By Mark Theoharis. Since cell phones first saw widespread adoption in the s, they've become not just ever present, but have developed vastly expanded capabilities, such as the ability to take and instantly share photos. This ability has lead to the phenomena of "sexting," where people send suggestive or nude pictures to others using their cell phones. Some states have adopted laws that prescribe penalties aimed specifically at teenagers or adolescents who send such photos. These laws make the penalties for teen sexting less severe than if an adult would send similar photos to an under-age person. To get state specific details regarding sexting, jump ahead to teen sexting laws by state.
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Sexting is making sexually suggestive images and sharing these images using mobile phones or by posting them on the internet and social media. The images might be photographs of yourself or someone else naked or partially naked. You might think that sexting is something risky, dangerous and illegal. For teenagers, sexting is often fun and consensual. They might also see sexting as part of building relationships and self-confidence, and exploring sexuality, bodies and identities.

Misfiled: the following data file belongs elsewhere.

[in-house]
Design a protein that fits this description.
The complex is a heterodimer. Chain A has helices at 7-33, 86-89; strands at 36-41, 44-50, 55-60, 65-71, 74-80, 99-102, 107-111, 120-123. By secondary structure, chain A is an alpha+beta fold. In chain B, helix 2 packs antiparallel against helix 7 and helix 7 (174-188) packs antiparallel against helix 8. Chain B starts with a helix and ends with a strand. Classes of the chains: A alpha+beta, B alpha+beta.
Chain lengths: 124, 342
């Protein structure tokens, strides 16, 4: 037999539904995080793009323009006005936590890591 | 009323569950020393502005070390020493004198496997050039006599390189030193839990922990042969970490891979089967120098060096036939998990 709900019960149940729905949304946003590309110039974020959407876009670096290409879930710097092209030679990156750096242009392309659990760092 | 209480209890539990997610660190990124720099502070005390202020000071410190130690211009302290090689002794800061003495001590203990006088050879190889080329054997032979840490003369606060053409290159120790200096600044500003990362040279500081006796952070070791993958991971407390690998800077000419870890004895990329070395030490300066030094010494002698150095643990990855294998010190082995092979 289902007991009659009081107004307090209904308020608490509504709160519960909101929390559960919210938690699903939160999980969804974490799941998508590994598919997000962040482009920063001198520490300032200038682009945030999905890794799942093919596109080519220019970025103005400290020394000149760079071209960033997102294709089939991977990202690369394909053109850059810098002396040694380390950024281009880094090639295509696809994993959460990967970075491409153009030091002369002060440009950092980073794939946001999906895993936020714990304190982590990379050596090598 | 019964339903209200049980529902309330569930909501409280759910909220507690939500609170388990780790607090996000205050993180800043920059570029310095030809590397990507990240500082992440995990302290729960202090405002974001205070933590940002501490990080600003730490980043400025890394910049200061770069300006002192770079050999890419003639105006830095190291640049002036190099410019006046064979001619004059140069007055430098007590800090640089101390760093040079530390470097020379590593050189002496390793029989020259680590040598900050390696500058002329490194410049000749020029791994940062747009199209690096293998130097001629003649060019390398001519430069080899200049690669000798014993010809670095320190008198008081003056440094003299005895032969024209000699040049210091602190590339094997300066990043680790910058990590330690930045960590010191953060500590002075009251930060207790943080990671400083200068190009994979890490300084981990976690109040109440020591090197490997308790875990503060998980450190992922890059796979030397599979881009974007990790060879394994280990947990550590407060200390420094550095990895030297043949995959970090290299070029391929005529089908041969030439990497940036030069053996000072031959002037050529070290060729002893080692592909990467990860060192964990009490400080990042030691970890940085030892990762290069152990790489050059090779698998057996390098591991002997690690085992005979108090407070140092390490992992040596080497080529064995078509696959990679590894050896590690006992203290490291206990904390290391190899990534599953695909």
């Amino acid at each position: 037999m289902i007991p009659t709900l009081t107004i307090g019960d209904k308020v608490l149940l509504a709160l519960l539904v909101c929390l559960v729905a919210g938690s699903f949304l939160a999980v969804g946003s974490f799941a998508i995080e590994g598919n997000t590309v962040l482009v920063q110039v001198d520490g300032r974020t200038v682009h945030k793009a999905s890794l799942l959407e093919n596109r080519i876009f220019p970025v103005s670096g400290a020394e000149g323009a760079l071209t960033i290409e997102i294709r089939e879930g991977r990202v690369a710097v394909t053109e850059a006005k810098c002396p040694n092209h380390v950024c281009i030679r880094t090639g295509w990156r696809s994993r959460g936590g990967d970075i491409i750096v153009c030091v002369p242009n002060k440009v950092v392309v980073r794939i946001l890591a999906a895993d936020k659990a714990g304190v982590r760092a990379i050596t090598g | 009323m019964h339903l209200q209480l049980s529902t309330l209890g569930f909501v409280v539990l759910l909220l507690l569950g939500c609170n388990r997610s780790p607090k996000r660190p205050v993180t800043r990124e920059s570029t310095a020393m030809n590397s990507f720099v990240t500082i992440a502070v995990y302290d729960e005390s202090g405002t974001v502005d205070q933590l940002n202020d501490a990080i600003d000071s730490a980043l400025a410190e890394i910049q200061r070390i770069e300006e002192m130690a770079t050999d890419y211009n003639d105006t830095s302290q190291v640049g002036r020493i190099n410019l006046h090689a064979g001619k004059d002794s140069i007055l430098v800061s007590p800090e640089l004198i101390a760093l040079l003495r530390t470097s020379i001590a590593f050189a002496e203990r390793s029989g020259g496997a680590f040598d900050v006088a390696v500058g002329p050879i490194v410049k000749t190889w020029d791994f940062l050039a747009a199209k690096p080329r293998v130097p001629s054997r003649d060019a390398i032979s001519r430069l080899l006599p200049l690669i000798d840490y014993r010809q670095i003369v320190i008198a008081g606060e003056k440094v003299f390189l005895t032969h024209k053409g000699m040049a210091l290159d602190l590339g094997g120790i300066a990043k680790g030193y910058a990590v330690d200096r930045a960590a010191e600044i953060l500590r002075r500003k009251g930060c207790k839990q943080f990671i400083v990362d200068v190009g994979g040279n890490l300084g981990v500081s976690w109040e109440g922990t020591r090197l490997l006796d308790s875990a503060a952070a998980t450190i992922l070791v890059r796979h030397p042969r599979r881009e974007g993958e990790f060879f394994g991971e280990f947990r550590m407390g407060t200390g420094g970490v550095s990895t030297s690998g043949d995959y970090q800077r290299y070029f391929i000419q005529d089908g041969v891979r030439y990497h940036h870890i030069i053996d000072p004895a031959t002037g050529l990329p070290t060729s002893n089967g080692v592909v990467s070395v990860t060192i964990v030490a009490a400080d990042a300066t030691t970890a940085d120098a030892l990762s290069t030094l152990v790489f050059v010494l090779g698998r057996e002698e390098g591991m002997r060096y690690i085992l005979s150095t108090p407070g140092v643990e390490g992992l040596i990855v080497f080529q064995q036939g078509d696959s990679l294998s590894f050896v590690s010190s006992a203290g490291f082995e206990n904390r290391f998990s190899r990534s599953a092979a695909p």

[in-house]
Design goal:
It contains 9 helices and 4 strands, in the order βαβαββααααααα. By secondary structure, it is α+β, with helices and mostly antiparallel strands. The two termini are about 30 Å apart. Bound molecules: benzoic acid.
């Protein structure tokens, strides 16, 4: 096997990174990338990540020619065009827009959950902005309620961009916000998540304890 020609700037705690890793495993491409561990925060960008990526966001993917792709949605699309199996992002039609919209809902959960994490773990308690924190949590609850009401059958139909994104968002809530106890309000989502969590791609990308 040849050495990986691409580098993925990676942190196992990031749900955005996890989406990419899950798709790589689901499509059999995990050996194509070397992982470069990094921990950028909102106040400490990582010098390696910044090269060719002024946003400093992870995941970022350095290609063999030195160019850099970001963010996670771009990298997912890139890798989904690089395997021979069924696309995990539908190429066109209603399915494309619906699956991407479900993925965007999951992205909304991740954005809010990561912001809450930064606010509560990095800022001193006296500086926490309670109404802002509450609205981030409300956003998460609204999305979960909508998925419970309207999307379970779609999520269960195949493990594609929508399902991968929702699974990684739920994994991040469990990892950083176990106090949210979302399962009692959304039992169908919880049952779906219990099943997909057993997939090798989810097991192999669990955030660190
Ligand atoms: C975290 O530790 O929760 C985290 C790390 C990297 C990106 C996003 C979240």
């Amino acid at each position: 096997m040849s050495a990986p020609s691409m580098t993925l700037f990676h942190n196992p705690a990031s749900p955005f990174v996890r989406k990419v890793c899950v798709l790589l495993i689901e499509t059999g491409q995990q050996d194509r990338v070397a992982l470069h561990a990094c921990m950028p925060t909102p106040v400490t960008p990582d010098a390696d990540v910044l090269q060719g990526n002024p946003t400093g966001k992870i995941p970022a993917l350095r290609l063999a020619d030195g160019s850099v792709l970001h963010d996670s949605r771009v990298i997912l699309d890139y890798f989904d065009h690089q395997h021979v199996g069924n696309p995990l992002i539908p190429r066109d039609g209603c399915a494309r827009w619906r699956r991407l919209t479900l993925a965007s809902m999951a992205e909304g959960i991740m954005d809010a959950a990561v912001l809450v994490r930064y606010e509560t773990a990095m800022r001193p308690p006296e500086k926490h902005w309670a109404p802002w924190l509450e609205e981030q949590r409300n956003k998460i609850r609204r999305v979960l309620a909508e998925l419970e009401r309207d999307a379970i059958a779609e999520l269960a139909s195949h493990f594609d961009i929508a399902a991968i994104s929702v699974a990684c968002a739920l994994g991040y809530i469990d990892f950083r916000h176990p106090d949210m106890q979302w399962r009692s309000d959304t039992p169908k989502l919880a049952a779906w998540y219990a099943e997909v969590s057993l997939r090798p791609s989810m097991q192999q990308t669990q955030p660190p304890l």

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And most of those who do experience no negative consequences. But for teens who do share sexually explicit images, there are both psychological and legal risks, especially if coercion is involved and the images wind up being distributed beyond their intended audience. Sexting is certainly not just a teen issue, but these tips are specifically for teens and parents of teens. Various causes The reasons teens share sexually explicit images vary widely. There are also cases where the teen is responding to peer pressure, bullying or even threats. In rarer cases, adults solicit images from teens.